Here’s why Bellway (LON: BWY) can manage debt responsibly

Some say volatility, rather than debt, is the best way to think about risk as an investor, but Warren Buffett said “volatility is far from risk.” It is only natural to consider a company’s balance sheet when considering how risky it is, as debt is often involved when a business collapses. Like many other companies Bellway plc (LON: BWY) uses debt. But the real question is whether this debt makes the business risky.

What risk does debt entail?

Debt is a tool to help businesses grow, but if a business is unable to repay its lenders, then it exists at their mercy. An integral part of capitalism is the process of “creative destruction” where bankrupt companies are ruthlessly liquidated by their bankers. However, a more common (but still costly) event is when a company has to issue stock at bargain prices, constantly diluting shareholders, just to strengthen its balance sheet. Of course, many companies use debt to finance their growth without negative consequences. When we look at debt levels, we first look at cash and debt levels, together.

See our latest analysis for Bellway

What is Bellway’s net debt?

The image below, which you can click for more details, shows that in July 2021, Bellway was in debt of £ 130.0million, up from £ 50.0million in a year. But he also has £ 460.3million in cash to make up for that, meaning he has £ 330.3million in net cash.

LSE: BWY Debt to equity history January 5, 2022

Is Bellway’s Balance Sheet Healthy?

Zooming in on the latest balance sheet data, we can see that Bellway had a liability of £ 1.07bn due within 12 months and a liability of £ 316.9m beyond. On the other hand, he had £ 460.3million in cash and £ 75.1million worth of receivables due within one year. As a result, its liabilities exceed the sum of its cash and (short-term) receivables by £ 853.6 million.

While that might sound like a lot, it’s not that big of a deal since Bellway has a market cap of £ 4.13 billion, and could therefore likely strengthen its balance sheet by raising capital if needed. But it is clear that it is absolutely necessary to take a close look at whether it can manage its debt without dilution. Despite her notable liabilities, Bellway has a net cash flow, so it’s fair to say that she doesn’t have a heavy debt load!

On top of that, Bellway has increased its EBIT by 65% ​​over the past twelve months, and this growth will make it easier to process its debt. There is no doubt that we learn the most about debt from the balance sheet. But ultimately, the company’s future profitability will decide whether Bellway can strengthen its balance sheet over time. So if you are focused on the future you can check this out free report showing analysts’ earnings forecasts.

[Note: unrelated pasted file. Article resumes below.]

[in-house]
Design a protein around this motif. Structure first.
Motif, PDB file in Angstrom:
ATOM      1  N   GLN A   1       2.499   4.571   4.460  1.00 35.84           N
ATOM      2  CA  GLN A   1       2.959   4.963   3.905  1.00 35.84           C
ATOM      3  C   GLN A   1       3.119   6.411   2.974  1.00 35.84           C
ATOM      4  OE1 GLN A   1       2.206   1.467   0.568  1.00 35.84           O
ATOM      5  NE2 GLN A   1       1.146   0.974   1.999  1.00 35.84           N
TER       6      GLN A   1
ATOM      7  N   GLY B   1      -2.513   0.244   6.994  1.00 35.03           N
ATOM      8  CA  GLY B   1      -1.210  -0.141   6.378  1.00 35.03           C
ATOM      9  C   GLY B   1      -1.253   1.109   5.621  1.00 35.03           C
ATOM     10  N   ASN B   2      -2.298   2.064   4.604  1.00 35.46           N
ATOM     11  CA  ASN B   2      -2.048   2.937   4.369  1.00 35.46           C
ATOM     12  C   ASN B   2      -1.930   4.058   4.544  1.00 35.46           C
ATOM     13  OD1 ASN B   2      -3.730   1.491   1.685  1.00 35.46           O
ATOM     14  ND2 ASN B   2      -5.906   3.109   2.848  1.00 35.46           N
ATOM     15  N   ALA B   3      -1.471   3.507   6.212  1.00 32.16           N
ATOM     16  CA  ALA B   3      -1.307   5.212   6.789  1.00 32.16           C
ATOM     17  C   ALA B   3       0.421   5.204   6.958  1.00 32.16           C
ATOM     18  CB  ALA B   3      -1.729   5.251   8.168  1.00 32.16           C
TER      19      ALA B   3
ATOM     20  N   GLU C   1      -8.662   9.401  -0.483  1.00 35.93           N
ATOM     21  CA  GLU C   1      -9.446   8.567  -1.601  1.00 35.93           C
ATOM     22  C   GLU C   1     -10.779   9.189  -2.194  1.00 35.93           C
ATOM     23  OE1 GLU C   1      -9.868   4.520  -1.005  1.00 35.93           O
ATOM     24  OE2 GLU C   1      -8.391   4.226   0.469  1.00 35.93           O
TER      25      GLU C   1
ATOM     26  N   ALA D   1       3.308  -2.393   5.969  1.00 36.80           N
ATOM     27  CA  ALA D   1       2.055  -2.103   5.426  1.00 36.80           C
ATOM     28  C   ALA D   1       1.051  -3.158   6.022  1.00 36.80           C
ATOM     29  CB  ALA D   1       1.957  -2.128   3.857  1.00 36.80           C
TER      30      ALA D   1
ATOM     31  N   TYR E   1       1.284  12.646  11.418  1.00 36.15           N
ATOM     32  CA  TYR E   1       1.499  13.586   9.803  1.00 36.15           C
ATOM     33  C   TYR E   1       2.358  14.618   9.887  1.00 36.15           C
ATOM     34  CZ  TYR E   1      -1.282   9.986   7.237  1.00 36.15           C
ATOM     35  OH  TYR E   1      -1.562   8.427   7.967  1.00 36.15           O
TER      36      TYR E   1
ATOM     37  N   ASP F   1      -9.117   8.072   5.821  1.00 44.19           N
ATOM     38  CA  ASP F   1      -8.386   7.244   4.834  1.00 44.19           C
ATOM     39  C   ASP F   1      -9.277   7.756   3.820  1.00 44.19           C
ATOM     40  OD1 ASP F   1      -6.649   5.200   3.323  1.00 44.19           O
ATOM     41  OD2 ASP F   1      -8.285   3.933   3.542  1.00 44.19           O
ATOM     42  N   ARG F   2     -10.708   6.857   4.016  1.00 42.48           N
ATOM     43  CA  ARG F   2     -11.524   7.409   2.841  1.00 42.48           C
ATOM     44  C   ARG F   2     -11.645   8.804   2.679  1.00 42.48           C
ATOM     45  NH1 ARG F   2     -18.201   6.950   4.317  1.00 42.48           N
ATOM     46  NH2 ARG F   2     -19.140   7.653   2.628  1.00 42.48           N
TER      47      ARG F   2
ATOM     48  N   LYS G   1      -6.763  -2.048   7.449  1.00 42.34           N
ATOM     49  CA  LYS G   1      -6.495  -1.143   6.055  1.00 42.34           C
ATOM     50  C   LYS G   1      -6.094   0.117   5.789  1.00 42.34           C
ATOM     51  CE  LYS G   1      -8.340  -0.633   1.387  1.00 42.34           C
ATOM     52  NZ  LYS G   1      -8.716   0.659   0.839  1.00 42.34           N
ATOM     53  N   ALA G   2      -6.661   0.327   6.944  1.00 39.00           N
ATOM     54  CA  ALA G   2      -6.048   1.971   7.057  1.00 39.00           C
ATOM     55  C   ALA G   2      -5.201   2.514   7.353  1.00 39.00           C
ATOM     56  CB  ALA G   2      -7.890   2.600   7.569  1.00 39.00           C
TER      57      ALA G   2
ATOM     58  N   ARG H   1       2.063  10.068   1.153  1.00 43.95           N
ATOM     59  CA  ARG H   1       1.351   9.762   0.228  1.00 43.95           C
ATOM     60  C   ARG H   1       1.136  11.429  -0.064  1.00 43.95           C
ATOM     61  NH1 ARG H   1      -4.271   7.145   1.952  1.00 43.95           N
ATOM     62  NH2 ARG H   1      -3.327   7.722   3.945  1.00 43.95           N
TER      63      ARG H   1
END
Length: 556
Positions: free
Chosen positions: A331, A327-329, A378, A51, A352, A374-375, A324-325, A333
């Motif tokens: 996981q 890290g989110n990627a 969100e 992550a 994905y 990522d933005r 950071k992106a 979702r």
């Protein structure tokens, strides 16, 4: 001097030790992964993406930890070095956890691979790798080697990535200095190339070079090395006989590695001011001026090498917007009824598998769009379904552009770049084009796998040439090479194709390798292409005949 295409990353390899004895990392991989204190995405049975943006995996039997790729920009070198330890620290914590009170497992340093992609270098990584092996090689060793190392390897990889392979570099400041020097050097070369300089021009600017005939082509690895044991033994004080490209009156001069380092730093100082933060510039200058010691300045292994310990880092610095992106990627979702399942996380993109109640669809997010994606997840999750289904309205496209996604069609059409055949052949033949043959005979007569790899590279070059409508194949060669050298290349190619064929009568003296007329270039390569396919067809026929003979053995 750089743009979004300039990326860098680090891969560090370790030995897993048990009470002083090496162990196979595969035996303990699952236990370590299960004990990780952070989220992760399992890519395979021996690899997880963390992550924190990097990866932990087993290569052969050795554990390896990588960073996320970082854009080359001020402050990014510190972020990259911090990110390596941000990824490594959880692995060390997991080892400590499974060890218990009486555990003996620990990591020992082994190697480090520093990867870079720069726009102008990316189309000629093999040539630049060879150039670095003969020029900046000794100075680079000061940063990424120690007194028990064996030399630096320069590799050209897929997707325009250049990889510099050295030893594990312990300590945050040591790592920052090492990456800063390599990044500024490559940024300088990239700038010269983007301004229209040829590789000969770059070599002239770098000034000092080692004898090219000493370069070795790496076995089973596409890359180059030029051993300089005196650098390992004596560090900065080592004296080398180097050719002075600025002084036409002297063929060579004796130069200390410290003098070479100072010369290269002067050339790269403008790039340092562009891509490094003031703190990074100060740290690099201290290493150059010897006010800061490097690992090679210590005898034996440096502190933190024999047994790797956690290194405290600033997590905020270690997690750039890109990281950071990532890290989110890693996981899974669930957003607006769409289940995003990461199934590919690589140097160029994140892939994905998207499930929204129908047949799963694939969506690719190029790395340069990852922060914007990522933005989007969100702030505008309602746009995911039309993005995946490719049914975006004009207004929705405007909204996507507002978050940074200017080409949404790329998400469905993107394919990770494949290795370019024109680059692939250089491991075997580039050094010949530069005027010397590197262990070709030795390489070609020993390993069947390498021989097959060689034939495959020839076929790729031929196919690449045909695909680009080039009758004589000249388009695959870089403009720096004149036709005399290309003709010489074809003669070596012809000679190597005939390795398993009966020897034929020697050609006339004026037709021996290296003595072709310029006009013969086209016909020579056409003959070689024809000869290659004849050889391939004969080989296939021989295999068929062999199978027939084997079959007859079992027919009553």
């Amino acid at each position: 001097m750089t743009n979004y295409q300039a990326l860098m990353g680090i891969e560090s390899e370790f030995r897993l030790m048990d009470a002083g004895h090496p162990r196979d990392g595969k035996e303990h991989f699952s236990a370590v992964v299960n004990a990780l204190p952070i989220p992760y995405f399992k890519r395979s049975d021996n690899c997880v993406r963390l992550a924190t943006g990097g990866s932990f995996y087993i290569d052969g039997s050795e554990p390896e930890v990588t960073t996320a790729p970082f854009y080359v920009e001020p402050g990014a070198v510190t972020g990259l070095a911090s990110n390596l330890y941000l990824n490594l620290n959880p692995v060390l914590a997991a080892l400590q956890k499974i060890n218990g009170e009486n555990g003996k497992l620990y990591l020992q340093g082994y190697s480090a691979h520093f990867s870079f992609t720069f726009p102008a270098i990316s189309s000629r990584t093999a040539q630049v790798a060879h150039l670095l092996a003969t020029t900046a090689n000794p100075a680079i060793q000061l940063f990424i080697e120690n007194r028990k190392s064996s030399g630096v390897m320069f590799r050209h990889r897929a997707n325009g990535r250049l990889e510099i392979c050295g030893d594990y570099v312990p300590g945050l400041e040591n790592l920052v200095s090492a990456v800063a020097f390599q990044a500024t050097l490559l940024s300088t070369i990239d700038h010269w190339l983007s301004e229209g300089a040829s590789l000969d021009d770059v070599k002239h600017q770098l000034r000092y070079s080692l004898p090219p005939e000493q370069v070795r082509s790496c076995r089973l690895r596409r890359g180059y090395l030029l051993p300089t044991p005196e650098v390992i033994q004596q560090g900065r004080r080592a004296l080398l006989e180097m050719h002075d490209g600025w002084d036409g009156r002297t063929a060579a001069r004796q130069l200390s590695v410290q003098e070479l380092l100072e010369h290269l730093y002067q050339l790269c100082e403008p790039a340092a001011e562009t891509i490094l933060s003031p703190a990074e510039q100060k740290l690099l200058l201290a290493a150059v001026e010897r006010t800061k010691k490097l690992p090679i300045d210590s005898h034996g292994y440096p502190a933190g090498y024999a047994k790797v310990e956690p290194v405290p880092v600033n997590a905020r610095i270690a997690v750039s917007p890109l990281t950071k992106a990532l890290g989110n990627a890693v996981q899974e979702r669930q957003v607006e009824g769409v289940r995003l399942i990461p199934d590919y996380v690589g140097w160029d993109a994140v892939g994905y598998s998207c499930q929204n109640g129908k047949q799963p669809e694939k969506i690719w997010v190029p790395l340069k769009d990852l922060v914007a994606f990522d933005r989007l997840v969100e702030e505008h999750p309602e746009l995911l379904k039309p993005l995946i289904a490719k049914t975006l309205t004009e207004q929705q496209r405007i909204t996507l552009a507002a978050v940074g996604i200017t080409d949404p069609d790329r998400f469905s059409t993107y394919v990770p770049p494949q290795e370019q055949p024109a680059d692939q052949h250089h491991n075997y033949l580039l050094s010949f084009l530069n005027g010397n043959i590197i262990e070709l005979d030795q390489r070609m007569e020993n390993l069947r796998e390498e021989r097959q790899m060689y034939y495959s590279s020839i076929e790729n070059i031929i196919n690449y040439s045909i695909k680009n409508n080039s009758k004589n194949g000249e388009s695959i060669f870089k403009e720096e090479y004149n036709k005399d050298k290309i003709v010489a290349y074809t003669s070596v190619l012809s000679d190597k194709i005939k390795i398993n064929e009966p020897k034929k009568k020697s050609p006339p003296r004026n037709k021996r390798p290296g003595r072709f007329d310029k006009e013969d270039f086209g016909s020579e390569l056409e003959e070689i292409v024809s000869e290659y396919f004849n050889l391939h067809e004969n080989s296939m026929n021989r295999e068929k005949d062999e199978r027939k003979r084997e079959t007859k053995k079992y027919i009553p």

Finally, a business can only pay off its debts with hard cash, not with book profits. While Bellway has net cash on its balance sheet, it’s still worth looking at its ability to convert earnings before interest and taxes (EBIT) into free cash flow, to help us understand how fast it’s building (or erodes) that cash balance. . Over the past three years, Bellway has recorded free cash flow of 42% of its EBIT, which is lower than expected. This low cash conversion makes debt management more difficult.

In summary

Although Bellway has more liabilities than liquid assets, it also has net cash of £ 330.3million. And we liked the appearance of the 65% year-over-year EBIT growth from last year. We therefore do not believe that Bellway’s use of debt is risky. There is no doubt that we learn the most about debt from the balance sheet. But at the end of the day, every business can contain risks that exist off the balance sheet. For example, we have identified 2 warning signs for Bellway that you need to be aware of.

Of course, if you are the type of investor who prefers to buy stocks without going into debt, feel free to check out our exclusive list of cash net growth stocks today.

This Simply Wall St article is general in nature. We provide commentary based on historical data and analyst forecasts using only unbiased methodology and our articles are not intended to be financial advice. It does not constitute a recommendation to buy or sell any stock and does not take into account your goals or your financial situation. Our aim is to bring you long-term, targeted analysis based on fundamental data. Note that our analysis may not take into account the latest announcements from price sensitive companies or qualitative documents. Simply Wall St has no position in any of the stocks mentioned.

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